Fuso eCanter Electric Vehicle Shoot for customer Lion a large orange truck

After ruffling the feathers of  many in the truck industry yesterday, with the release  of its National Electric Vehicle Strategy, the office of the minister for infrastructure, transport, regional development and local government has responded  to enquiries Truck and Bus News  made, regarding  a strategy for heavy commercial vehicles over 3.5 tonnes, by saying that the strategy announced yesterday only covered light passenger and commercials under 3.5 tonnes.

A spokesperson for Catherine King, the minister for transport, regional development and local government, told us that the National Electric Vehicle Strategy focuses specifically on light passenger and commercial vehicles under 3.5 tons as they are the major source of road transport emissions.

This is despite the fact that emission figures indicate, that despite making up only about five per cent of the national vehicle fleet, heavy commercial vehicles account for around 25 per cent of the nation’s vehicle emissions

“The Strategy is a starting point to achieve net zero road transport emissions, giving us a national framework to coordinate across Australian governments and prioritise actions to decarbonise road transport over time,” the spokesperson told us.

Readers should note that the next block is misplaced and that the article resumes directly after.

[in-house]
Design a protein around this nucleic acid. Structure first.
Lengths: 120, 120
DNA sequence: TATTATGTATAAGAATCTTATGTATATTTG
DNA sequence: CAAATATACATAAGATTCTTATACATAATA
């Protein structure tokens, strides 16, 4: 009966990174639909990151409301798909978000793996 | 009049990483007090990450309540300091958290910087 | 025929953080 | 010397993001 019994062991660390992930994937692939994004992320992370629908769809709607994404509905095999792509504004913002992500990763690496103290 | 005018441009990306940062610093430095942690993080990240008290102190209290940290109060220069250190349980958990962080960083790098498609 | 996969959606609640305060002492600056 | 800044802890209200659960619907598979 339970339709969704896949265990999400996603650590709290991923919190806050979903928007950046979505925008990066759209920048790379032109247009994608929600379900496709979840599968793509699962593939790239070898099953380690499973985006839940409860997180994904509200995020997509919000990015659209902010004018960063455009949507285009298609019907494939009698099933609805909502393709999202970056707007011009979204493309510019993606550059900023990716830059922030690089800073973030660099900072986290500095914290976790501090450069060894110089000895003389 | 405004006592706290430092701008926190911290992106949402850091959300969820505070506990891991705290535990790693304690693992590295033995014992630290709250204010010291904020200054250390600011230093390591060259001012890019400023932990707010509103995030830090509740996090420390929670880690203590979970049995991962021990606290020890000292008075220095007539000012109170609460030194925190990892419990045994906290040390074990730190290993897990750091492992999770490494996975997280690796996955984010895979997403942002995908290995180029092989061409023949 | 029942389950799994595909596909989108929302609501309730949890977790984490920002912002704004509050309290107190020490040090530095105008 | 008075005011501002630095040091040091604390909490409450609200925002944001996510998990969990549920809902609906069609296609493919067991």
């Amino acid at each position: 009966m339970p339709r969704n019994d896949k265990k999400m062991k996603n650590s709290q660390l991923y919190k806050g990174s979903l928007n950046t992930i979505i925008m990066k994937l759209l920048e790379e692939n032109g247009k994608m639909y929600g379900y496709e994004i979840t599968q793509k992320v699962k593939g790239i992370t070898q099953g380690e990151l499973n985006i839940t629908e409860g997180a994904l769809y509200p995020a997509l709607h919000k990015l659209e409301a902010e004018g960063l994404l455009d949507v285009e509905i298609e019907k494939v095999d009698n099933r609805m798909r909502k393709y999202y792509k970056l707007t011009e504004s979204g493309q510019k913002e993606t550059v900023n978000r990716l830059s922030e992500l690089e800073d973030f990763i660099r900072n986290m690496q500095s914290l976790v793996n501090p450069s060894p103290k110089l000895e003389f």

“Plans to further reduce emissions across transport, particularly in heavy vehicle, marine and aviation sectors, will be led by a net zero unit that been established in the Department of Infrastructure, Transport, Regional Development, Communications and the Arts,” they added.

The Government said it will continue to support the decarbonisation of heavy vehicles like the Team Global Express EV trial, claimed to be the largest trial of a heavy electric logistics fleet in Australia with ARENA, which has helped fund the trial and investment into the hydrogen highways program in NSW, that was mentioned  briefly toward the end of the 68 page strategy document, which it says is to help industry fleets acquire heavy hydrogen fuel cell vehicles and construct renewable hydrogen refuelling stations, located on major freight routes across Australia, starting with the Hume Highway.

The Government  has indicated that it has also adopted Australian Design Rule 80/04, which will phase in Euro VI noxious emissions standards for new heavy vehicles from 1 November 2024.

ADR 80/04 it says  will help support the decarbonisation of the heavy vehicle sector by making it more viable for manufacturers to offer cleaner and more fuel-efficient engines available overseas.

The government has also indicated that ADR80/04 also provides a pathway for electric and hydrogen fuel cell to demonstrate compliance with noxious emissions standards, so they can legally operate at the same mass limits as new diesel trucks under the Heavy Vehicle National Law.
This last point is a contentious issue with some truck makers looking to bring in electric zero emission trucks, both BEV and FCEV Hydrogen powered, given that in Europe and some other developed regions of the world, authorities have offered weight allowances for electric trucks to overcome the weight penalty they bring with them